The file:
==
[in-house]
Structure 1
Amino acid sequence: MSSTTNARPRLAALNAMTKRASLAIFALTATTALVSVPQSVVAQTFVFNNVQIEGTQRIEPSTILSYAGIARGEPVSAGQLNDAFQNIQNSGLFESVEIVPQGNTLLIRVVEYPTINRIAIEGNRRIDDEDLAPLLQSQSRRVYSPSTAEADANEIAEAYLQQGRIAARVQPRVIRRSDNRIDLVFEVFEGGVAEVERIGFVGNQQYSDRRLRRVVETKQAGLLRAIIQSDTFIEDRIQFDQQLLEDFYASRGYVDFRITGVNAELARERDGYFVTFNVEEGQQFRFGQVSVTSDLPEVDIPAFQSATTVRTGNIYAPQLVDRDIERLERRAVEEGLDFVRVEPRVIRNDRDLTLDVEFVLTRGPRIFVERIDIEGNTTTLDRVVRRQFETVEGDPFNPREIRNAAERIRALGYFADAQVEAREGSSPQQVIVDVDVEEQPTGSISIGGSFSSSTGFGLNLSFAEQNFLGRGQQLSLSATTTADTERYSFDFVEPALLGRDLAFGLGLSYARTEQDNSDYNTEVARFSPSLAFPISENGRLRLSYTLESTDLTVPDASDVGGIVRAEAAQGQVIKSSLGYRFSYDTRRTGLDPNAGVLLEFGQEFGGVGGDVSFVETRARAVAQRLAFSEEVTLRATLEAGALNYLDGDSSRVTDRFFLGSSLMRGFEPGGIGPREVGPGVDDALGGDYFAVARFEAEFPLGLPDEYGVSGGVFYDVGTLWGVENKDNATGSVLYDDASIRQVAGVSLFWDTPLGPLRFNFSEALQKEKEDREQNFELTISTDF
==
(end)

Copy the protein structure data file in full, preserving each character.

[in-house]
Structure 1
Amino acid sequence: MSSTTNARPRLAALNAMTKRASLAIFALTATTALVSVPQSVVAQTFVFNNVQIEGTQRIEPSTILSYAGIARGEPVSAGQLNDAFQNIQNSGLFESVEIVPQGNTLLIRVVEYPTINRIAIEGNRRIDDEDLAPLLQSQSRRVYSPSTAEADANEIAEAYLQQGRIAARVQPRVIRRSDNRIDLVFEVFEGGVAEVERIGFVGNQQYSDRRLRRVVETKQAGLLRAIIQSDTFIEDRIQFDQQLLEDFYASRGYVDFRITGVNAELARERDGYFVTFNVEEGQQFRFGQVSVTSDLPEVDIPAFQSATTVRTGNIYAPQLVDRDIERLERRAVEEGLDFVRVEPRVIRNDRDLTLDVEFVLTRGPRIFVERIDIEGNTTTLDRVVRRQFETVEGDPFNPREIRNAAERIRALGYFADAQVEAREGSSPQQVIVDVDVEEQPTGSISIGGSFSSSTGFGLNLSFAEQNFLGRGQQLSLSATTTADTERYSFDFVEPALLGRDLAFGLGLSYARTEQDNSDYNTEVARFSPSLAFPISENGRLRLSYTLESTDLTVPDASDVGGIVRAEAAQGQVIKSSLGYRFSYDTRRTGLDPNAGVLLEFGQEFGGVGGDVSFVETRARAVAQRLAFSEEVTLRATLEAGALNYLDGDSSRVTDRFFLGSSLMRGFEPGGIGPREVGPGVDDALGGDYFAVARFEAEFPLGLPDEYGVSGGVFYDVGTLWGVENKDNATGSVLYDDASIRQVAGVSLFWDTPLGPLRFNFSEALQKEKEDREQNFELTISTDF